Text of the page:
Only two years after NOTA was passed, a new controversy arose: Fetal organs and tissues were being experimented with in the treatment of various disorders such as Parkinson's disease. There were predictions that the nascent industry would "dwarf" that in adult organs. Several companies began to commercialize fetal organs and tissues. While many were repulsed at the prospect of women deciding to abort, or change the method and manner of abortion, in order to get saleable fetal organs, others felt that deciding what to do with fetal remains after abortion was a legitimate choice for women. In 1988, Congress amended NOTA to apply the same restrictions imposed on adult organs to those from fetuses.

Of course, many other human "reproductive products" are for sale. Commercial traffic in semen is fairly common. Nearly 11,000 physicians provide artificial insemination to about 172,000 U.S. women each year. Almost half are inseminated with sperm from anonymous donors, usually medical-school students. Public facilities pay donors an average of $34 a "visit"; private facilities offer $44. Each year, Americans spend over $160 million on artificial insemination.

Recently clinics have opened donor egg programs. Women undergo surgery for the specific purpose of providing eggs for implantation in infertile women. The recipient is generally a women who cannot produce eggs or whose eggs are defective or carry a genetically transmittable diseases. The donor is paid $900 to $1,200 for the egg collection. The recipient pays about $5,000 per attempt.

The most controversial extension of the reproductive marketplace is contract childbearing, sometimes called surrogacy, whereby businessmen arrange for women to sign commercial contracts which commit them to produce children for a fee of $10,000 to $15,000. Clients pay up to $40,000 for a healthy child, and most contracts provide for quality control -- i.e. mandatory testing and abortion of an "abnormal" fetus. As of last March, 32 surrogate brokers were operating around the country, many of them "basement" operations, 13 of them in California. Experts estimate that some 2,500 American women have signed surrogate contracts, with about 1,500 babies being sold.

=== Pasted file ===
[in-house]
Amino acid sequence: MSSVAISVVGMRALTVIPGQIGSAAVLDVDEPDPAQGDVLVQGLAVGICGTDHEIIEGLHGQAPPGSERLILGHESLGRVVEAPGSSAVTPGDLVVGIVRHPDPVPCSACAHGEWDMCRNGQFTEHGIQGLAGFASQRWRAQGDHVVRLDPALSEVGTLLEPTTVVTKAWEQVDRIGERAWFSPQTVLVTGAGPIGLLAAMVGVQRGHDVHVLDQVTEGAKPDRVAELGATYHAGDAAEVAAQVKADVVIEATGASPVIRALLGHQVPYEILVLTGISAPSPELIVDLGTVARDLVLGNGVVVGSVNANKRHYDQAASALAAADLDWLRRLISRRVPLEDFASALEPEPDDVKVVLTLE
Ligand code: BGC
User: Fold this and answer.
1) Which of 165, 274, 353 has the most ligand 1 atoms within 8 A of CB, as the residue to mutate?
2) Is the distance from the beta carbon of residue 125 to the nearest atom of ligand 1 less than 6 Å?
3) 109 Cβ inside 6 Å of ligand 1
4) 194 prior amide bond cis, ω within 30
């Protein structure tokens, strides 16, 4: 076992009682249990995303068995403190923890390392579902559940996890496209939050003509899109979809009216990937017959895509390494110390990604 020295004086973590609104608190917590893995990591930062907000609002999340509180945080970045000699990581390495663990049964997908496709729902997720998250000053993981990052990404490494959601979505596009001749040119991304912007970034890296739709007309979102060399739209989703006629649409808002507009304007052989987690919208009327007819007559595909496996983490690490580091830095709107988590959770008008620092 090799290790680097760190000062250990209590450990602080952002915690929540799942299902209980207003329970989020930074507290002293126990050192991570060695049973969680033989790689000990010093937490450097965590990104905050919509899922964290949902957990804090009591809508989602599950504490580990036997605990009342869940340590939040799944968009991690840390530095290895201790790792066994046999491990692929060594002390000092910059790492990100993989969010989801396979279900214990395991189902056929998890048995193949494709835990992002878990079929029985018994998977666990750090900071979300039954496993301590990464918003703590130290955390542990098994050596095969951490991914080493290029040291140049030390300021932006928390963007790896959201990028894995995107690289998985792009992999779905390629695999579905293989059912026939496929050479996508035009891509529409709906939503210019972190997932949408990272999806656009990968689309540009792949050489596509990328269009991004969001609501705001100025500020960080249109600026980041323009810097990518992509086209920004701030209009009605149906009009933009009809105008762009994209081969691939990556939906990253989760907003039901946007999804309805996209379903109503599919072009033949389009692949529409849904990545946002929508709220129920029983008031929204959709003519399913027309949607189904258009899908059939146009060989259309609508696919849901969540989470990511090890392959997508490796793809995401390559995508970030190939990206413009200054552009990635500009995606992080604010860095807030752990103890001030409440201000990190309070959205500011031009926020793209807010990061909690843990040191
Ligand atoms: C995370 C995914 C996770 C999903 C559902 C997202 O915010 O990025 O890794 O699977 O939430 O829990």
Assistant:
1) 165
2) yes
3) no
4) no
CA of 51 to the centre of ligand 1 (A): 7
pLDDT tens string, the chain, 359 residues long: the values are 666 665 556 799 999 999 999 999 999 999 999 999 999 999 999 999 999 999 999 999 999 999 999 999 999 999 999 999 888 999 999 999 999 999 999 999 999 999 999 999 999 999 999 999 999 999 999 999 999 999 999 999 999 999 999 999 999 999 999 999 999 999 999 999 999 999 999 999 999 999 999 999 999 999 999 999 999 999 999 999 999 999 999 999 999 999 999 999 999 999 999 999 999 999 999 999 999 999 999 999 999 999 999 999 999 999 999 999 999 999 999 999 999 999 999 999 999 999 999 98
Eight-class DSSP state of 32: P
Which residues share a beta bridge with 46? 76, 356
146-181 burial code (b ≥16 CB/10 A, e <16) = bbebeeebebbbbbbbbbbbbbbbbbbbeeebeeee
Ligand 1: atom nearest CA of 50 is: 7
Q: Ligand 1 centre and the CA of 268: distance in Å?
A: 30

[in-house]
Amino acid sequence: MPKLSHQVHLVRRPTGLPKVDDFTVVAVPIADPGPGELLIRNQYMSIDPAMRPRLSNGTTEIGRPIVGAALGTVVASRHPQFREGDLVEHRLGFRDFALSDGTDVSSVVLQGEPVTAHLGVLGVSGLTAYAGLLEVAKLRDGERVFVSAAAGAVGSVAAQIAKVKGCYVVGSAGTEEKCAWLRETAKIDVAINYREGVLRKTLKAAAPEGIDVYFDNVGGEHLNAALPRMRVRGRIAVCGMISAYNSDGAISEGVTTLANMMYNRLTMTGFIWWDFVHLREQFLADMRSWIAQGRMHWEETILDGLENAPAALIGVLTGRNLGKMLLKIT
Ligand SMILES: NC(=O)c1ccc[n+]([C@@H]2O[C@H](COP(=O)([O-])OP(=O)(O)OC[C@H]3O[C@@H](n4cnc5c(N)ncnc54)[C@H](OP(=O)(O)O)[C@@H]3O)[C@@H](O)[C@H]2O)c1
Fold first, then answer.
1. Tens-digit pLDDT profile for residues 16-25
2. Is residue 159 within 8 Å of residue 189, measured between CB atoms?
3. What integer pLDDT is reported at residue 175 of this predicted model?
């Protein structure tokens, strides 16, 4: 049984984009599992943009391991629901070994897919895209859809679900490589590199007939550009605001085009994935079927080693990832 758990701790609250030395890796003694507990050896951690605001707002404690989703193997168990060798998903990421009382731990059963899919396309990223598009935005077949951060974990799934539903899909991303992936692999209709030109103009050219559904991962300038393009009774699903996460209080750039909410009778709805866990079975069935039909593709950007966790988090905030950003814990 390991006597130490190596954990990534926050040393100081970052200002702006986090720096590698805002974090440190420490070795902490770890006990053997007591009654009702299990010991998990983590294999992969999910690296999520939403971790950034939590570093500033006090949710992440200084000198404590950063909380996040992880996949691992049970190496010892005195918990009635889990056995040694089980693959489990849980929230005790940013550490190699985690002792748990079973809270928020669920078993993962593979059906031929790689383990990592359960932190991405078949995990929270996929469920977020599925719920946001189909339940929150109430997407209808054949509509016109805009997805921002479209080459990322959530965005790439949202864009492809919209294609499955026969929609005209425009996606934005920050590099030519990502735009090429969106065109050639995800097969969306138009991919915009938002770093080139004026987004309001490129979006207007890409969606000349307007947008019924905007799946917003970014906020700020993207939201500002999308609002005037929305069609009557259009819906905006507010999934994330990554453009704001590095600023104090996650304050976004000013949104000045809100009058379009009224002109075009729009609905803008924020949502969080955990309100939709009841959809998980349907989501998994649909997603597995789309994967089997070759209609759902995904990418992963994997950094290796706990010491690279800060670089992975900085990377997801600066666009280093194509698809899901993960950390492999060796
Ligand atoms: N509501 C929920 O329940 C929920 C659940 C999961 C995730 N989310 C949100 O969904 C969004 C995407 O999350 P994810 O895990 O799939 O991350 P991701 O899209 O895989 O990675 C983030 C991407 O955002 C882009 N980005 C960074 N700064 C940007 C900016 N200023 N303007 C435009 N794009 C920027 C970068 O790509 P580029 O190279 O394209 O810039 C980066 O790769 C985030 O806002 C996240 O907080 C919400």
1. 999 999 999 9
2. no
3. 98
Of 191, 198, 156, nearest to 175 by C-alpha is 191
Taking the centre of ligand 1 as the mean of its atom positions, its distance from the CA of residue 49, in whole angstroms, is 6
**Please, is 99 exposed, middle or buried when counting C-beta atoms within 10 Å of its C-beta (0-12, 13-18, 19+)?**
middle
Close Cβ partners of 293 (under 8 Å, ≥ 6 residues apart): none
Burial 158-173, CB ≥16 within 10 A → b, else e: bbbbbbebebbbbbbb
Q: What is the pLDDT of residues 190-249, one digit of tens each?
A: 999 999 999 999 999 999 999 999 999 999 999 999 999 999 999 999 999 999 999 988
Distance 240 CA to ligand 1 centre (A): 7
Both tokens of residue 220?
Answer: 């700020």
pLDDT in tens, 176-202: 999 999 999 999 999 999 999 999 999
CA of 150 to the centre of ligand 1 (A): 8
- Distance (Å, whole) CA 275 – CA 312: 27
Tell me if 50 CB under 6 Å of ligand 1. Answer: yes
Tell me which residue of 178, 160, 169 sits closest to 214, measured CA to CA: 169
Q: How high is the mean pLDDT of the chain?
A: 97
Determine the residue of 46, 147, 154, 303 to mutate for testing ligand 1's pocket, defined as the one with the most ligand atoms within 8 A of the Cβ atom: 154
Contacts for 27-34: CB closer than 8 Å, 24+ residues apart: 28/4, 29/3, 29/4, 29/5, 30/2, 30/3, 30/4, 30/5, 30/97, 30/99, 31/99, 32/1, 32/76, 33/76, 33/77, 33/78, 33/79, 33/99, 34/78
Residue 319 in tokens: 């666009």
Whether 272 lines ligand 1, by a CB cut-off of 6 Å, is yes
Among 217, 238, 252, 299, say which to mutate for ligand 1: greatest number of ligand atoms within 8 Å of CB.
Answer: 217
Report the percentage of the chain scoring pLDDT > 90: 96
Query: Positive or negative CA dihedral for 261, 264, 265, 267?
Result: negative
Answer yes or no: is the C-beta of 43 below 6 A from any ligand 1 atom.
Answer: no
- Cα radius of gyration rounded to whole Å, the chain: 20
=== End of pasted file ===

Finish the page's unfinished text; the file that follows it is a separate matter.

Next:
In February 1988, in the "Baby M" case, a unanimous New Jersey Supreme Court declared the surrogate contract "illegal and perhaps criminal" and called surrogacy "baby-selling pure and simple." Since then, nine states have outlawed the practice; but New Hampshire and Arkansas have specifically allowed for surrogacy contracts, albeit with several restrictions. A bill to prohibit commercialized childbearing is pending in Congress, but passage this session seems unlikely. Profits and Patents

The biotechnology revolution has dramatically altered the value of body parts. Genetic engineers splice, clone and recombine material, often using human cells as "miniature factories" to produce profitable cell lines and other products. The Supreme Court gave added impetus to this trend in a controversial 1980 decision that established that new living matter -- including human matter -- could be patented just like a drill press or toaster. This has led to the patenting of microbes, plants and most recently the first patent on a genetically engineered animal.

This climate has produced a variety of peculiar legal cases. In one, John Moore sued the University of California claiming that he is entitled to a share in the profits the university is gaining from a cell line developed from his tissues. In 1976, Moore was diagnosed with an extremely rare form of cancer, hairy cell leukemia, and his spleen was removed. The doctor performing the operation and his technician developed and patented a cell line from a sample of Moore's spleen and assigned the patent to the regents of the University of California. The cell line was predicted to have a long-term market value of $3 billion. Hundreds of thousands of dollars have already been paid to the developers.